21)  Rising levels of bad debt losses.  Unless this remains constant as a percent of sales, it normally signals deterioration in customer quality.  It is usually accompanied by a slowdown in average collection period.  It is generally advisable to check loss reserve levels to determine whether or not increases have been made to recognize the higher loss risks involved.

22)  A rising level of total assets in relation to sales.  No one questions the fact that when you do more business, you will normally require a higher level of inventory, carry greater receivables, and probably need more fixed assets.  The time to raise questions is when assets rise much faster than sales growth warrants.  If they do, it’s usually the creditors who finance the higher asset levels, simply because those assets aren’t paying their way in the form of higher profits.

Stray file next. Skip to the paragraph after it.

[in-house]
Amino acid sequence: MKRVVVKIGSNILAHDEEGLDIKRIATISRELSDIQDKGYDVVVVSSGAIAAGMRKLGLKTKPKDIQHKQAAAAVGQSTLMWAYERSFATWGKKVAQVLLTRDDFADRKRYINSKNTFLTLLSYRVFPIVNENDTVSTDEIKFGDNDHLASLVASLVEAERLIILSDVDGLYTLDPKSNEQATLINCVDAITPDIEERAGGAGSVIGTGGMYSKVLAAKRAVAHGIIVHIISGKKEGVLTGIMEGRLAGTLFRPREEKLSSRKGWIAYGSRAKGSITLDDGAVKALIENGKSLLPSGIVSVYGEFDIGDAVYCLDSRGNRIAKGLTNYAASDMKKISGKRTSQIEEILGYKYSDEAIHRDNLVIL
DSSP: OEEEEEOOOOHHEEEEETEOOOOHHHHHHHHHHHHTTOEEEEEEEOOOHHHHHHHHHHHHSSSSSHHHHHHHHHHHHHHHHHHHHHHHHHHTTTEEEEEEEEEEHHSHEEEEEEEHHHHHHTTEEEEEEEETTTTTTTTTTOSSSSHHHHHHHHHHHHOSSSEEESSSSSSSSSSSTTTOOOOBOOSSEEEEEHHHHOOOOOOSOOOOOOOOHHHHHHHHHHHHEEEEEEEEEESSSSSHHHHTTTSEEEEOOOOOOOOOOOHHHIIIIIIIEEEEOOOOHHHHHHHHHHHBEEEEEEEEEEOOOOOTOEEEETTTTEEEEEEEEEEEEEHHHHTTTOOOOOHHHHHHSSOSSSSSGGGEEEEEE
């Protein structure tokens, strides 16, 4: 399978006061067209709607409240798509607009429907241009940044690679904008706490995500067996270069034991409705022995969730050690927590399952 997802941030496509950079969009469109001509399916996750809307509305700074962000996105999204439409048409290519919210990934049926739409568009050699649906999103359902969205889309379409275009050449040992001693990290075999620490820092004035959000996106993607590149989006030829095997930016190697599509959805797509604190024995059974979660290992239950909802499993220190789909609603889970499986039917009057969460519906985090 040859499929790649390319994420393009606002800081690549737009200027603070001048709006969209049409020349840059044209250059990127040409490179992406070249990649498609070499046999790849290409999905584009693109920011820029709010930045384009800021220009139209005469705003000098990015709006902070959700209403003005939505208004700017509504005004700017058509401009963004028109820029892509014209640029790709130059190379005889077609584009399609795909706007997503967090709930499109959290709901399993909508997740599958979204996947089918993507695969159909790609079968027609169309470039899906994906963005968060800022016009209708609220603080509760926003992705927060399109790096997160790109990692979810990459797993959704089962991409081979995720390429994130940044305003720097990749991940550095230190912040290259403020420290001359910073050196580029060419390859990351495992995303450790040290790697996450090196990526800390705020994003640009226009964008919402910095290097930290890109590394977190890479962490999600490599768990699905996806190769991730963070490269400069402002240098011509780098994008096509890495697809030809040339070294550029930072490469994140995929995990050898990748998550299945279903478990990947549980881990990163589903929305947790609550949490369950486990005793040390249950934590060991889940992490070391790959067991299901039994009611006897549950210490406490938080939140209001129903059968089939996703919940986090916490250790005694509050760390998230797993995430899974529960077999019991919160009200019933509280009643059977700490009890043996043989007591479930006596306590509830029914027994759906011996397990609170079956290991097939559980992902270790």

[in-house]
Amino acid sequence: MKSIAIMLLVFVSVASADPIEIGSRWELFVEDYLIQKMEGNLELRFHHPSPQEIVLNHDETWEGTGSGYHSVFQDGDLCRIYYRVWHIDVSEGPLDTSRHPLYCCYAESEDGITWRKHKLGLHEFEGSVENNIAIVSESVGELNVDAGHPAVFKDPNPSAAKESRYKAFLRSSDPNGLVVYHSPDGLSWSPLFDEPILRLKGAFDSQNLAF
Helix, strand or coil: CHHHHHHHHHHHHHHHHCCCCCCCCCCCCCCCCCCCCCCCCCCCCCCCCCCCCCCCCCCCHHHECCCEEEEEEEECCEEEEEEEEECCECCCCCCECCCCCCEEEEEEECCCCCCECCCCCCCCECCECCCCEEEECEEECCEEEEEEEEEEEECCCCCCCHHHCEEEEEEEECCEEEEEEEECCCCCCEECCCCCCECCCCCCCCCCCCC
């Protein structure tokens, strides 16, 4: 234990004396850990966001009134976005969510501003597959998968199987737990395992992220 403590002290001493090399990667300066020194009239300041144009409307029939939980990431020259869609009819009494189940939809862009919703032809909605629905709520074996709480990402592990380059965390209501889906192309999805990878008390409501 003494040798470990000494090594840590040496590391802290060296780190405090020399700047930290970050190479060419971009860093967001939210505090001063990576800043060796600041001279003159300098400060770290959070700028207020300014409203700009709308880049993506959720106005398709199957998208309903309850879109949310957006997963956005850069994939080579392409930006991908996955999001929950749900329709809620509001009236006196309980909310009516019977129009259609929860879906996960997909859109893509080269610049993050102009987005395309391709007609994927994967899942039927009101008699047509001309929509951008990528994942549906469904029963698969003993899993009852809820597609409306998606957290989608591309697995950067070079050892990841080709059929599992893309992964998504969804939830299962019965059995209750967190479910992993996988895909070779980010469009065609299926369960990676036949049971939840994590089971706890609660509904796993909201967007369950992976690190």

23)  A rising level of total assets in relation to profits.  The real investment of any business is represented by its assets rather than its capital.  The fact that a portion of these assets is debt-supported is not pertinent because the company remains obligated to pay those debts.  The assets exist solely to add to earnings and when the assets earn increasingly less in relation to their size, we have a more accurate barometer of failing performance than return on capital will show.

24)  Significant changes in the balance sheet structure.  These need not be the customary signs of deterioration mentioned previously; rather they are represented by marked changes spread across many key items.  These alterations are a cause of concern when we see no signs of market or economic change, no drastic changes in sales or profit levels, nor possess any knowledge of a change in product lines or the general nature of the business.  As an example, the disappearance of a large segment of fixed assets accompanied with new alignments of funded debt and unexplained capital adjustments may well be evidence of a switch to sale and leaseback arrangements, unknown to the bank and missing from the statement notes.



This information was obtained from a handout provided in credit training at Southeast Bank NA in the mid-80s.  I am not sure who was the original author, but the topics remain relevant today.